If you have wisely determined to count your enterprise among the 50 percent who survive a Disaster and chosen to prepare for the various contingencies you may encounter, you may wonder what goes into a successful DRP. To begin with, let me stress that while conceptually simplistic, a thorough Recovery Plan is far too detailed and complex an undertaking for most organizations to begin on their own. Their are several specialists in the field who will save you a great deal of time and money in the long run. Locally, Dr. Jeff Williams, with whom I have often worked, is recognized as a world authority on the subject and has even produced a software product called Phoenix (very appropriate name I thought!) which will assist those who are determined to go it alone. You may contact Dr. Williams and learn more about Phoenix at www.binomial.com, or please feel free to contact me for further information.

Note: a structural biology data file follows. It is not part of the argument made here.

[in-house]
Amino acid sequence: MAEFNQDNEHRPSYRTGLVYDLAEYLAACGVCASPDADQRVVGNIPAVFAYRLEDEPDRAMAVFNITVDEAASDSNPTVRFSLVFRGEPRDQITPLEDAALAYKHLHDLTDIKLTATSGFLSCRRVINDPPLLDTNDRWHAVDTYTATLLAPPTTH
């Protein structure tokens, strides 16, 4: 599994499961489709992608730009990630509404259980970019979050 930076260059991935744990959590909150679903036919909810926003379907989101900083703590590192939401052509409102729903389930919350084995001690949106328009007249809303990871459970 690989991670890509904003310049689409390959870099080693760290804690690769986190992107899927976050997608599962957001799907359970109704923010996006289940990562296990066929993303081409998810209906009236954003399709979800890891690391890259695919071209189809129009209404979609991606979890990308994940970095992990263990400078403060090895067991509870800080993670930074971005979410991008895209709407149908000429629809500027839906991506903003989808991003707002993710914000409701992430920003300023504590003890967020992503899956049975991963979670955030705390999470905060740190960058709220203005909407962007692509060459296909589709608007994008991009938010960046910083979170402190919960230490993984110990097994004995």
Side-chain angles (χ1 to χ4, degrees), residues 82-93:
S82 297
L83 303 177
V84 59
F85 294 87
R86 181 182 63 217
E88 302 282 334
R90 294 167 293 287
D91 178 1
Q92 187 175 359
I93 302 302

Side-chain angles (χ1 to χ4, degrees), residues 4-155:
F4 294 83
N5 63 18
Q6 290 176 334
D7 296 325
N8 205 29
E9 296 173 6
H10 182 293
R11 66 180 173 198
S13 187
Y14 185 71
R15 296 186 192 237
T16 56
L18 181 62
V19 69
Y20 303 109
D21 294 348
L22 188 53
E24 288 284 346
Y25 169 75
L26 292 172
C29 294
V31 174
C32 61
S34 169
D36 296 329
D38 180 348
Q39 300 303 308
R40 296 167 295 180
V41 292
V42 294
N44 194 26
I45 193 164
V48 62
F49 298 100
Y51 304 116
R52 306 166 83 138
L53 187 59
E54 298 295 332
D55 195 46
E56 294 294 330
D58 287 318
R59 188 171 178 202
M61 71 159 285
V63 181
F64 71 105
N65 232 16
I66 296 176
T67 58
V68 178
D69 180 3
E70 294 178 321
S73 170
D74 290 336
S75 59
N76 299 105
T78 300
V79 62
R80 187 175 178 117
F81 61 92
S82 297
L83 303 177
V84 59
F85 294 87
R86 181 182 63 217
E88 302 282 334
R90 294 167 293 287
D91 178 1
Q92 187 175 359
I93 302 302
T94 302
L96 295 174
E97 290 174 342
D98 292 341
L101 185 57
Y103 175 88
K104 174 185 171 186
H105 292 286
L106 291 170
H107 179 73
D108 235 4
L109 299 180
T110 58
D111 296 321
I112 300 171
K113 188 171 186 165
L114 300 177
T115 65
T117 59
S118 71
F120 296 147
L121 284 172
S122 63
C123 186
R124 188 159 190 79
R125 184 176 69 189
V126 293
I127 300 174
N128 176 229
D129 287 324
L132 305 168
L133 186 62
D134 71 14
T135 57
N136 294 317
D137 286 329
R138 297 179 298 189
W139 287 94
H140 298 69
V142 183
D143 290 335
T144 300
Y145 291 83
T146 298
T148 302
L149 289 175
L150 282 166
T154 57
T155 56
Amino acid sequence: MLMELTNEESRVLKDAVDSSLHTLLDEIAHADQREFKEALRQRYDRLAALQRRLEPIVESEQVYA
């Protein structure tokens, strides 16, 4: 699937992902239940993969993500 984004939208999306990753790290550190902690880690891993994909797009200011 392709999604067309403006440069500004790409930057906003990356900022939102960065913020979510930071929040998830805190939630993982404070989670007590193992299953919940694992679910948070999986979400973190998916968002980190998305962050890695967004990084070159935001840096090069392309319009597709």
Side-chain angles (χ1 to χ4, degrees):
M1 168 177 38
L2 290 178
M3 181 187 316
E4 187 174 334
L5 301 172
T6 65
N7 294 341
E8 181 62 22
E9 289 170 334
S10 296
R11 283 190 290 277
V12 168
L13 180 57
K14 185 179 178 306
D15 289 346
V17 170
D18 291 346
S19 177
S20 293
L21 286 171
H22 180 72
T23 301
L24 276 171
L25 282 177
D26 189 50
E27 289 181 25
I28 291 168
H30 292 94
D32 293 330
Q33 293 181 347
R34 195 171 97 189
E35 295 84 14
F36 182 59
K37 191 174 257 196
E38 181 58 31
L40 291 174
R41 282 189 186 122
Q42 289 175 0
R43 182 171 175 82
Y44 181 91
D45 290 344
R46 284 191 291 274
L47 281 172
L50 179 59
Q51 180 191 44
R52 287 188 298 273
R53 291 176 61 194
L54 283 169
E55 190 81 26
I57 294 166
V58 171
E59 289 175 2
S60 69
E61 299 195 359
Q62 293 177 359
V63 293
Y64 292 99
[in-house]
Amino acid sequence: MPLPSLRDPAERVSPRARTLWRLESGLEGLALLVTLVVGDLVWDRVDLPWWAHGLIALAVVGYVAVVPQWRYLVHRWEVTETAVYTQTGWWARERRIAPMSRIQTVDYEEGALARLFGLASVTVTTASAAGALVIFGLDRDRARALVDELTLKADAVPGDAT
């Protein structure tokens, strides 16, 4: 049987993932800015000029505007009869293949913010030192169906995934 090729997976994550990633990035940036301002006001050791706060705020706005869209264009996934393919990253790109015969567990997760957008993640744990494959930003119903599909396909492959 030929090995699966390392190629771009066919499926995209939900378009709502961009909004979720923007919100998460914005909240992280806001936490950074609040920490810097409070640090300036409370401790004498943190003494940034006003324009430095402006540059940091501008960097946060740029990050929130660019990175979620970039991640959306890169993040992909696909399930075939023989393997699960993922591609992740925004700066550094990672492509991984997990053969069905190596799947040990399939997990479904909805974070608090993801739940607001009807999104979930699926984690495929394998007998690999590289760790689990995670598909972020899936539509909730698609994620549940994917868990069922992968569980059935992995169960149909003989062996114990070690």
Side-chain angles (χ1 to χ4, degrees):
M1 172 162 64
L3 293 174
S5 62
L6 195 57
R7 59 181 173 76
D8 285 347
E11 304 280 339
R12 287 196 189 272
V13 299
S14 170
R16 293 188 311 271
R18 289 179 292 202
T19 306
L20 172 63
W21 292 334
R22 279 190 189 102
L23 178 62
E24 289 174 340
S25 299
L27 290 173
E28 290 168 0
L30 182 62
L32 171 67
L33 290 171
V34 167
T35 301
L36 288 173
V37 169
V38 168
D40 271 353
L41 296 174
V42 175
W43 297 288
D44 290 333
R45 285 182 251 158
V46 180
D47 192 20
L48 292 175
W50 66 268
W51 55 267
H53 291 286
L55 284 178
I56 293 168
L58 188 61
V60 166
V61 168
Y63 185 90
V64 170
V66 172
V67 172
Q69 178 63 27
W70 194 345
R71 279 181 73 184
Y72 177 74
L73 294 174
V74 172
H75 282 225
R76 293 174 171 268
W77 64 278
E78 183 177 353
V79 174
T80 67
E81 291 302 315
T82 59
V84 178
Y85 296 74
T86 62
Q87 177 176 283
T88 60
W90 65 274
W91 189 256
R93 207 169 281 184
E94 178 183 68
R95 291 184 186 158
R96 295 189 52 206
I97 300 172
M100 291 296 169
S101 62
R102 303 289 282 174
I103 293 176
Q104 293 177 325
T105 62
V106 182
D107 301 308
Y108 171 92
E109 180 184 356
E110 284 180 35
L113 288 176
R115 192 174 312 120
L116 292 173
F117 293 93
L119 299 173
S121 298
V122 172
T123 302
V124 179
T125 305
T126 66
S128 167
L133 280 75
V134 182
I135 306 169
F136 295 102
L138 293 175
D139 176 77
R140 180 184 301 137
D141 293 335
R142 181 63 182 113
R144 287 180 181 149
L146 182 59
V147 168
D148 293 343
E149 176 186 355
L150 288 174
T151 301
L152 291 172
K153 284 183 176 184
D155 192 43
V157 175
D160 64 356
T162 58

Here we go...

One of the often neglected procedures in Disaster Recovery Planning that bears mention is Business Impact Analysis (BIA).

The best way to begin a Disaster Recovery Plan is to perform Threat and Risk Assessments on all of your soft and hard assets. This will determine your state of vulnerability and provide you with a baseline by which you may judge your progress toward Disaster Prevention. As this will involve a great deal of discussion, and I have come to the end of my allotted space, we will pick up where we left off next month. ‘Till then, be safe!

Originally published in Monitor Magazine, September, 1997, by technology columnist, Ray Richards.